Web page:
Rod Paley from Xtensis had some cool web templates under construction which looked like an interesting mix of social network and resource sharing for educators. I could see that the structure his colleagues had developed could be a winner in all sorts of fields so that should be worth following. These guys often come up with attractive designs and clever animations and present piles of data well but never quite hit the big time. I may well be working with them for some project I have on the go at the moment. More about that somewhere else. Whoever does the designs had a marble theme this time which was fun and the one and only freebie this year was a bag of marbles. I managed to get the very last one going. That'll please the kids. Now there's promotion that works - that is, I think, the first link I've put in this article. (I may well go back and ad a few more later.)

Finally, it's the end and Gerard Harper, the RSC Eastern team manager, does his thanks for coming bit and we all clap quite a lot. He wasn't on his best form this year, possibly the harsh-looking cuts to his budget next year were on his mind and leaving him a little lacklustre this time. He's an amiable and well-informed and well-connected chap and, with his team, work very hard to put these events together and in running several varieties of forum throughout the year. These events were once led by the Eastern Region E-learning Forum itself, Gerard's being the agency that supported them and helped make them happen. LSDA, Becta, NLN, Ferl and goodness knows who else would have their logos on the programmes (which I used to design too!) but only LSDA ever put any money into the kitty and even that wasn't much. I did like the fact that the Forum was independent, though, and I have to pay due respect for Gerard's outfit not totally taking them over and allowing anyone, within reason, who wants to show or have a stand use the opportunity. The events are all RSC branded now and they do everything. I just turn up nowadays and didn't even get to pick the prize-winners this time. I was thinking of resigning as Chairman of this E-learning Forum, thinking that there might not be that much more we could do and having little influence on anything at meetings but, after seeing just how little most practitioners and institutions have moved over the years, I can see there is a massive amount still that can be done, needs to be done and, perhaps, it is time to shout a little louder.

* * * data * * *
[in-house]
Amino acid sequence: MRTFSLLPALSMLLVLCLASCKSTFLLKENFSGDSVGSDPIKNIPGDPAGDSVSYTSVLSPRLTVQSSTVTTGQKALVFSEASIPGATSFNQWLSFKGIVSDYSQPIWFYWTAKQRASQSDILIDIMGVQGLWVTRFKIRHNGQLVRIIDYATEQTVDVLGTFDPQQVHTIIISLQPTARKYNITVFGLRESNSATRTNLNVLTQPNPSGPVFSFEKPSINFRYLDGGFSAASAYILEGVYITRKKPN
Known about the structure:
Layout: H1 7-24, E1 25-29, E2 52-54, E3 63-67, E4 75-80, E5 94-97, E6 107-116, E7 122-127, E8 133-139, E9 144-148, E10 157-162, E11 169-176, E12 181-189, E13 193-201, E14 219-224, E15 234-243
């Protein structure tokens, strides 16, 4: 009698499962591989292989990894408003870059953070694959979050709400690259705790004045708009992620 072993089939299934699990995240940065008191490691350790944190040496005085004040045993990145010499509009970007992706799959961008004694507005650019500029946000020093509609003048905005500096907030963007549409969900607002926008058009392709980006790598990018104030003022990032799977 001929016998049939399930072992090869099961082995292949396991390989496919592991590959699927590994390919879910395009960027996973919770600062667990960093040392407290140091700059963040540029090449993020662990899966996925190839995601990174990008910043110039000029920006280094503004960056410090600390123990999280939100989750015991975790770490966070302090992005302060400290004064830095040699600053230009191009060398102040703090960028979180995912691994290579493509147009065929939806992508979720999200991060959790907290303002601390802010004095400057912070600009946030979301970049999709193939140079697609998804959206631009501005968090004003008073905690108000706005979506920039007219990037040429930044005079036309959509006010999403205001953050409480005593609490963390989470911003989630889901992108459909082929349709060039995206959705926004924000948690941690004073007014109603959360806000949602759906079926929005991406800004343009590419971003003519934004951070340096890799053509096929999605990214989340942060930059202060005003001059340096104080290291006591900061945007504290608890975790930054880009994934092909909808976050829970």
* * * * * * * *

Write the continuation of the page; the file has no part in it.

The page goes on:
Despite all their best efforts, none of the agencies has really had the impact I would have expected after all these years at the classroom interface. Smartboards, VLEs, on-line materials and all the peripheral uses for devices would have happened anyway. On-line courses and the exciting possibilities offered by 'flipping the classroom' or variations of these themes are happening anyway. Universities are slowly waking up and doing things their own way, especially in the States and with Google and other major players. We seem to have lost that connection with the Giants. We need them, whether people, consortia or big companies. The Forum most definitely has a purpose to its existence and the chance to discuss with colleagues what is happening and to share all the super knowledge that exists in out community remains and I want to see that flourish and draw in more people from sectors we haven't yet reached. The Fair, as an annual event we look forward to, should continue and I'm happy for JISC RSC to take care of the organisation of it all but I want the Giants there not just mentioned in passing.

I do blame myself to some extent. I haven't been active enough. Since the last reorganisation at my college I have been tied to a timetable and simply unable to get to meetings or sessions for several years and have had to turn down invitations of give excuses. I even managed get the date wrong last year and miss the Fair completely! I'm free of all that now. So it's time to get my act together, get the Forum back on the road as it once was, get inspirational colleagues back on board and starting doing what we should be doing - demonstrating excellent practice ourselves which, regrettably, didn't really happen this year as well as it might. Few will have noticed, and I am confident that JISC RSC will, once again, get glowing reports on their feedback sheets but I should have added a line to mine: "They worked hard but could do better."